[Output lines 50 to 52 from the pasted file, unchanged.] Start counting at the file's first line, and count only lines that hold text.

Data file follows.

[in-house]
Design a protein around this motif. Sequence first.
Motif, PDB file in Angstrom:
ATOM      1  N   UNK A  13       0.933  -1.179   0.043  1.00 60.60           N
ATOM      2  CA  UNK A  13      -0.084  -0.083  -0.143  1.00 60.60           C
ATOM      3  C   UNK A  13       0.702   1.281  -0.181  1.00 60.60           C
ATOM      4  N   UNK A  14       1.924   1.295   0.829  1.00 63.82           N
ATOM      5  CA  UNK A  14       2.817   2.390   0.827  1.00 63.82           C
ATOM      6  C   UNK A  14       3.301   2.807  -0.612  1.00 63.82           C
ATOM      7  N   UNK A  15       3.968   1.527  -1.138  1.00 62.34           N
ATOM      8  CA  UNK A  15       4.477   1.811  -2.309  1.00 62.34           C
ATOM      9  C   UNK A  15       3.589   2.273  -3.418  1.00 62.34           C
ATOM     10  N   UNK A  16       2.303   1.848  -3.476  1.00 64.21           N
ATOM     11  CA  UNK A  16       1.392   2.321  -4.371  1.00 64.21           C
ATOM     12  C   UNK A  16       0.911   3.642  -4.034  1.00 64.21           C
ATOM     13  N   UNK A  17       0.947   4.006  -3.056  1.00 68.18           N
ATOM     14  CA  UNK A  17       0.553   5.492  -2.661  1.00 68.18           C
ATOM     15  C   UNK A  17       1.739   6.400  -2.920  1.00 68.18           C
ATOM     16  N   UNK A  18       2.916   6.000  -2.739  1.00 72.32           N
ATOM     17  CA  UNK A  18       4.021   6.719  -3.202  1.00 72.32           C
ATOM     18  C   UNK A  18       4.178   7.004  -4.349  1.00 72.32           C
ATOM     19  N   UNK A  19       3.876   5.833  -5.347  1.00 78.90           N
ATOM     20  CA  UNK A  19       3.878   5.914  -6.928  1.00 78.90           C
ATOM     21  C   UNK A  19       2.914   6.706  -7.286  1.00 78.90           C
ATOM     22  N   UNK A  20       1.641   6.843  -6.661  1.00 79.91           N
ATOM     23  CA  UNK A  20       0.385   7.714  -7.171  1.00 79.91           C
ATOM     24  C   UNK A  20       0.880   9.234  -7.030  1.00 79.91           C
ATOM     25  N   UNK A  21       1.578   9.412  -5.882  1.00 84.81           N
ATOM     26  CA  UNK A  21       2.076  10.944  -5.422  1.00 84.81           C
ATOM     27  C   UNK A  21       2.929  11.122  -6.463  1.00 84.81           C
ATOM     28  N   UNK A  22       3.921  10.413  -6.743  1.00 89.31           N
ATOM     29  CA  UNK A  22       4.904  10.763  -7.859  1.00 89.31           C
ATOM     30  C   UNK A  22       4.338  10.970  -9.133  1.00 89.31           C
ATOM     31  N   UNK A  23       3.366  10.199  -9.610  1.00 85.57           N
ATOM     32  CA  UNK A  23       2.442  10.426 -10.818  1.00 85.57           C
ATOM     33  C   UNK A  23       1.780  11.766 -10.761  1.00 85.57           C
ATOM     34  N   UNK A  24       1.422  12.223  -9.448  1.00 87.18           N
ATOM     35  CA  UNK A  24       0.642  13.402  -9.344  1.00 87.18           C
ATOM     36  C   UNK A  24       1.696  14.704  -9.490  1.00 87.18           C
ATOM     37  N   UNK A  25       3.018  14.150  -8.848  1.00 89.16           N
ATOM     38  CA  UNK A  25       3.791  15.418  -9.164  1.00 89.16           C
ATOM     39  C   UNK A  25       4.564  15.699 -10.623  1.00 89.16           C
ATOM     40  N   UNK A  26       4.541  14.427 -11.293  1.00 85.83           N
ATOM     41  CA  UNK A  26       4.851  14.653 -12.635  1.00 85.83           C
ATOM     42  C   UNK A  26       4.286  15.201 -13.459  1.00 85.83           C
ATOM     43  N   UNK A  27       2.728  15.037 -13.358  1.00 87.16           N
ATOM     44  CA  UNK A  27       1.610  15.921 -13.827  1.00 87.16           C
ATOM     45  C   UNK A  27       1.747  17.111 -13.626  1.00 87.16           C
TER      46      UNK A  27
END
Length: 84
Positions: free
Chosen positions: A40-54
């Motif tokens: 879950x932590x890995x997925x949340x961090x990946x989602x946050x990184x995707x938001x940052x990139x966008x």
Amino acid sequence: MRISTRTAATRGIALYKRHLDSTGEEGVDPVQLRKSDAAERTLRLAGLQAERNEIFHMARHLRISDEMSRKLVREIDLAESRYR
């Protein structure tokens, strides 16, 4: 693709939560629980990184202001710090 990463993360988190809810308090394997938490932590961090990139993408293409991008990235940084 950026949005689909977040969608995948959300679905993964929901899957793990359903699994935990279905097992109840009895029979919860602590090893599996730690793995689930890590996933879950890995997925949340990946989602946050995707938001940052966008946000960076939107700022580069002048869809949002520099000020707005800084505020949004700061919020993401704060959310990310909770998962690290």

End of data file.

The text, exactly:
END
Length: 84
Positions: free